Date of Degree

6-2016

Document Type

Thesis

Degree Name

M.A.

Program

Liberal Studies

Advisor(s)

William P. Kelly

Subject Categories

Algebra | Community College Leadership | Curriculum and Instruction | Curriculum and Social Inquiry | Educational Assessment, Evaluation, and Research | Educational Leadership | Higher Education | Higher Education Administration | Race, Ethnicity and Post-Colonial Studies | Urban Education

Keywords

developmental education, CUNY, developmental math, remedial education, remedial math

Abstract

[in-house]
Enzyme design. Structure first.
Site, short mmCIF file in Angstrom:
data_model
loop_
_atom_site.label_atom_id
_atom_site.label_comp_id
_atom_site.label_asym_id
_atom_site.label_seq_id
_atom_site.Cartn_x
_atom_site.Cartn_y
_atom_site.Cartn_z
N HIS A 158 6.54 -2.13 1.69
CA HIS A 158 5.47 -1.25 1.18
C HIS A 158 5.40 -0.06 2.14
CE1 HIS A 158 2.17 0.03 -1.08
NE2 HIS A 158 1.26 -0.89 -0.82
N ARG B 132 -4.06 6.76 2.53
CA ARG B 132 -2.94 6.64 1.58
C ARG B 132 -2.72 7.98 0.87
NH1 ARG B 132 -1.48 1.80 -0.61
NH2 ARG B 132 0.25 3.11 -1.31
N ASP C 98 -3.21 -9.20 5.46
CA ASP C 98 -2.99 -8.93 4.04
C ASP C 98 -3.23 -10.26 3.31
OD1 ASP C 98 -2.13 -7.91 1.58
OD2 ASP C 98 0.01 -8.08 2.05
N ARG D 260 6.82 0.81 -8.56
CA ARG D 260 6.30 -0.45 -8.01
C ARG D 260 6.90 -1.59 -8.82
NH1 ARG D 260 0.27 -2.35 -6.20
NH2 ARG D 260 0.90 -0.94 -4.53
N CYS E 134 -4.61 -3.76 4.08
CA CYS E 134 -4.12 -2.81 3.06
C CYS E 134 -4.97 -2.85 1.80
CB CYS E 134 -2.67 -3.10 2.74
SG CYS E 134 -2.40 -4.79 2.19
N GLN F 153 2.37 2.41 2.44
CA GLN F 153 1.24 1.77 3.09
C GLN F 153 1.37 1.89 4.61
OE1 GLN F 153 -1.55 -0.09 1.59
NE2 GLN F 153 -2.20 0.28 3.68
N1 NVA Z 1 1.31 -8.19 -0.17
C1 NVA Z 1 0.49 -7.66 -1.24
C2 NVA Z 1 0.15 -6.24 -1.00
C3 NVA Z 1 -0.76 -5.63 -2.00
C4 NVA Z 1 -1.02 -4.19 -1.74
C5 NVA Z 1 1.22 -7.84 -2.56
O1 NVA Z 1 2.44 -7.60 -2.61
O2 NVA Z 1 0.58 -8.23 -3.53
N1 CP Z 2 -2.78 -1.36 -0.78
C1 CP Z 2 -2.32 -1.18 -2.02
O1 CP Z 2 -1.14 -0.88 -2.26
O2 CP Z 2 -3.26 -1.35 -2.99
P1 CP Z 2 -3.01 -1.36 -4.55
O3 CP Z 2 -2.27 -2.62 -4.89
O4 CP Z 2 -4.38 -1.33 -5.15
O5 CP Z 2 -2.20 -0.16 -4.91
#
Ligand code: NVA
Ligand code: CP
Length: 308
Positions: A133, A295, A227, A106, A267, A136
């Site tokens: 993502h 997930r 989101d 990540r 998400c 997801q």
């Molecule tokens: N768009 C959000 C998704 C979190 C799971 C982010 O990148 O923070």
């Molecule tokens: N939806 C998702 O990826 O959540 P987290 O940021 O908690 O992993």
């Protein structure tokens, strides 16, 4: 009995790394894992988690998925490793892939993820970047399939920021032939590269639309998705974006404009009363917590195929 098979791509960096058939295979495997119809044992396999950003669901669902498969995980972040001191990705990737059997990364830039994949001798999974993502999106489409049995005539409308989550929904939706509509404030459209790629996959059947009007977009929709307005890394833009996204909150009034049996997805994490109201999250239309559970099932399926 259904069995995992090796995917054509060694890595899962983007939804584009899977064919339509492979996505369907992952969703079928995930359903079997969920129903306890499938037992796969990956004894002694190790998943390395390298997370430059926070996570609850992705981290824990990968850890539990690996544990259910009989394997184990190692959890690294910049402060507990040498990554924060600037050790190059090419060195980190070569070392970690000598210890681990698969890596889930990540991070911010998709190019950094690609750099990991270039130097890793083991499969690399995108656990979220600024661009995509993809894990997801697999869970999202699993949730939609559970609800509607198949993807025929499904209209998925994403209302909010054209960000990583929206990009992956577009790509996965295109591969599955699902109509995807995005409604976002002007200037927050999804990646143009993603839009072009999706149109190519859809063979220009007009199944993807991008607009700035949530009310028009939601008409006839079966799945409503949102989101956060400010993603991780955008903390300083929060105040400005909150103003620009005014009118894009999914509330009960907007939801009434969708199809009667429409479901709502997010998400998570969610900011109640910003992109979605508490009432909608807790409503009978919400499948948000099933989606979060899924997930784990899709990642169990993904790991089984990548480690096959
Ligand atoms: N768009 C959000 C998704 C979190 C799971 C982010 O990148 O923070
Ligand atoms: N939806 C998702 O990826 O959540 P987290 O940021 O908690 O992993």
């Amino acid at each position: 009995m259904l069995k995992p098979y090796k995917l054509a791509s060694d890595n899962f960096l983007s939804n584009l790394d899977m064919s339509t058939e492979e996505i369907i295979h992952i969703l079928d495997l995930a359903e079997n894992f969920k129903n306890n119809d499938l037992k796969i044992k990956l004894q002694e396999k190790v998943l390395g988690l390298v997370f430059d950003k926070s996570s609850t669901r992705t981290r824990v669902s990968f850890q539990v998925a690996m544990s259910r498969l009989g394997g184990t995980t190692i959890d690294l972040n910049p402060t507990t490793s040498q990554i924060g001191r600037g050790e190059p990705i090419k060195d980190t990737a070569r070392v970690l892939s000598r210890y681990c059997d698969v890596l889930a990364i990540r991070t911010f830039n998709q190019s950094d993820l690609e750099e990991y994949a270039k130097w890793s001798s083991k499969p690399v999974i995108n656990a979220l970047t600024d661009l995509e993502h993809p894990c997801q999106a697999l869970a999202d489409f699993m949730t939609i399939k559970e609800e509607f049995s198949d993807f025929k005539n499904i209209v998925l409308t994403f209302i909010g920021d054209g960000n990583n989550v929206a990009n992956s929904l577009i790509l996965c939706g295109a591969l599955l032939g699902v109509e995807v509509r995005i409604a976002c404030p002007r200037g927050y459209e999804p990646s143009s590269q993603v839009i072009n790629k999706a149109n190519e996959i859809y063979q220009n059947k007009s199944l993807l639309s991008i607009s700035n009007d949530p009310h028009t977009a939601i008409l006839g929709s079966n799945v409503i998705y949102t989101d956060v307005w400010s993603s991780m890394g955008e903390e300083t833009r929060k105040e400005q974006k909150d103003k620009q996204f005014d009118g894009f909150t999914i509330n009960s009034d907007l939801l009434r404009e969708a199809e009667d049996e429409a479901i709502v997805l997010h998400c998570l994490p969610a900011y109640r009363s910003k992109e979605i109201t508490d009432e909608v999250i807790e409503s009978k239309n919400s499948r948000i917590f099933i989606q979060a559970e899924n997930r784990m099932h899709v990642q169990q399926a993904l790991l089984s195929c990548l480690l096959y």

Nationwide, there is a crisis in math learning and math achievement at all levels of education. Upwards of 80% of students who enter the City University of New York’s community colleges from New York City’s Department of Education high schools fail to meet college level math proficiencies and as a result, are funneled into the system’s remedial math system. Once placed into pre-college remedial arithmetic, pre-algebra, and elementary algebra courses, students fail at alarming rates and research indicates that students’ failure in remedial math has negative ripple effects on their persistence and degree completion. CUNY is not alone in facing and tackling these remedial math issues and the associated outcomes; however, the CUNY system is uniquely positioned by way of resources, scale, and national spotlight to improve and expand its successful remedial reforms. This thesis examines the national remedial math issue, and then delves more deeply into the remedial math situation at CUNY and one of its community colleges, LaGuardia Community College. Utilizing both the university and LaGuardia as case studies, the author interviews key CUNY faculty, administrators, researchers, and policy makers who specialize in math remedial issues, to paint a multi-dimensional picture of CUNY’s efforts to address the remedial math “wall.” This thesis concludes with policy considerations and recommendations to CUNY leadership on how to consider lessons learned both nationally and at home.

 
 

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